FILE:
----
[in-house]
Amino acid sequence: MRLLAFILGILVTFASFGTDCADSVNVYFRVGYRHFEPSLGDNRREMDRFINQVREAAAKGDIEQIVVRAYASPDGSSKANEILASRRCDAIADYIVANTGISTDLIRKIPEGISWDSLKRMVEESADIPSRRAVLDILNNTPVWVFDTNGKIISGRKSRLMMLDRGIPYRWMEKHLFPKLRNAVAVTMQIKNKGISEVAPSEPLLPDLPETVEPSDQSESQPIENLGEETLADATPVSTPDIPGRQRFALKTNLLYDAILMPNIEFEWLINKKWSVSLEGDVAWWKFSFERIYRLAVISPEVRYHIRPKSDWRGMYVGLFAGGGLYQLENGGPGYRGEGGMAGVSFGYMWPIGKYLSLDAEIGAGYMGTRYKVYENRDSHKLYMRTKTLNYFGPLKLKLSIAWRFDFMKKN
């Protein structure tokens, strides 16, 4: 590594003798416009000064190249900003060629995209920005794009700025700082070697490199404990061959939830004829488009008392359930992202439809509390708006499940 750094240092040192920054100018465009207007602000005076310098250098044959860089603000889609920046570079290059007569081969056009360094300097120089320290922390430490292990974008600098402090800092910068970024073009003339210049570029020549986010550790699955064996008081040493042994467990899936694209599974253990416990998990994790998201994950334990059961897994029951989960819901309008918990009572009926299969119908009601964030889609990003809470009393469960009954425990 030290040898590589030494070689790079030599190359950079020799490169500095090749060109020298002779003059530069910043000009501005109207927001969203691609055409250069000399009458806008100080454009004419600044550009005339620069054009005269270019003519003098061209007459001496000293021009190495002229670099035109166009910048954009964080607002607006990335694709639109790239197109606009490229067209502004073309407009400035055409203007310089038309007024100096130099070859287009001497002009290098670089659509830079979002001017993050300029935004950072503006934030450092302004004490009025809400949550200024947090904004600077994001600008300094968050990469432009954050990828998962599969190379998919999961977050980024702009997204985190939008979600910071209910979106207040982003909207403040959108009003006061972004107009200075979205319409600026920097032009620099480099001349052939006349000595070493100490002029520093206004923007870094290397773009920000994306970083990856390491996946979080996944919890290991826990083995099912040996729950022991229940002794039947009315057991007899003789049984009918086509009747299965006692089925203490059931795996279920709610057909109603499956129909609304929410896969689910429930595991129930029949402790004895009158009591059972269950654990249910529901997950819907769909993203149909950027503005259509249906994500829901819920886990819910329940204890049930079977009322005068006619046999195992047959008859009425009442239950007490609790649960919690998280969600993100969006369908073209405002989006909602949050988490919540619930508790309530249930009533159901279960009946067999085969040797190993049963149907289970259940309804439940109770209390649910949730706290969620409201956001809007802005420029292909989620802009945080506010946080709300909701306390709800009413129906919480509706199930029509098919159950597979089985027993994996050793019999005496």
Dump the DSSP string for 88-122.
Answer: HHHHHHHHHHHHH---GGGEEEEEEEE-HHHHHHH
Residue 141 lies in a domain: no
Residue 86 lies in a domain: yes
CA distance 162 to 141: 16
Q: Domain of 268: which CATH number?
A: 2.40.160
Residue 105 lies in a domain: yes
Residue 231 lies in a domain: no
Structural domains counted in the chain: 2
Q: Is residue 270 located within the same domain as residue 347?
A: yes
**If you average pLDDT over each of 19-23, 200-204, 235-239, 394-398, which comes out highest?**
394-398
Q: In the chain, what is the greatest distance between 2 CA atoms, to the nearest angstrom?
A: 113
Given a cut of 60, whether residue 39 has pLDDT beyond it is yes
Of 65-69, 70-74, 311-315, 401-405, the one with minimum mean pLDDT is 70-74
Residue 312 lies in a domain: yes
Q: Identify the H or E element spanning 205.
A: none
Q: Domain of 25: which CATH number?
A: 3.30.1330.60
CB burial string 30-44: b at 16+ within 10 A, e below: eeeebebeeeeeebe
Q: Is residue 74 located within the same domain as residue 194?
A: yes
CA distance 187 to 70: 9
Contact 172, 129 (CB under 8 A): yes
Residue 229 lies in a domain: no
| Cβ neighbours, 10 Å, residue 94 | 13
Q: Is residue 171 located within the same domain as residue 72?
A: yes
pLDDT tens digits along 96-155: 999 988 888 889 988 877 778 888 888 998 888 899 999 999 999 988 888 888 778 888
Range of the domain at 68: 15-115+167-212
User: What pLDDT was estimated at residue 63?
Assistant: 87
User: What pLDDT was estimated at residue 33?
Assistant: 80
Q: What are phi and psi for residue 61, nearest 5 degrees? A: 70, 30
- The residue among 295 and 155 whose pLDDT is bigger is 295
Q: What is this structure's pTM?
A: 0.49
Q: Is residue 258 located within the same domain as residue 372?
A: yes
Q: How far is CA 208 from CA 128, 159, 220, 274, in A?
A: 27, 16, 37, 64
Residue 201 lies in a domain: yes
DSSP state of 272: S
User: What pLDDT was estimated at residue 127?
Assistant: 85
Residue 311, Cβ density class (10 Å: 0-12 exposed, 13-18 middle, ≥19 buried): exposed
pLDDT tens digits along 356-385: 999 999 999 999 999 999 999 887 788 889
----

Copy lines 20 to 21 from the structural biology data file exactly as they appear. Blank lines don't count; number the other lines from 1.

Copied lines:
Given a cut of 60, whether residue 39 has pLDDT beyond it is yes
Of 65-69, 70-74, 311-315, 401-405, the one with minimum mean pLDDT is 70-74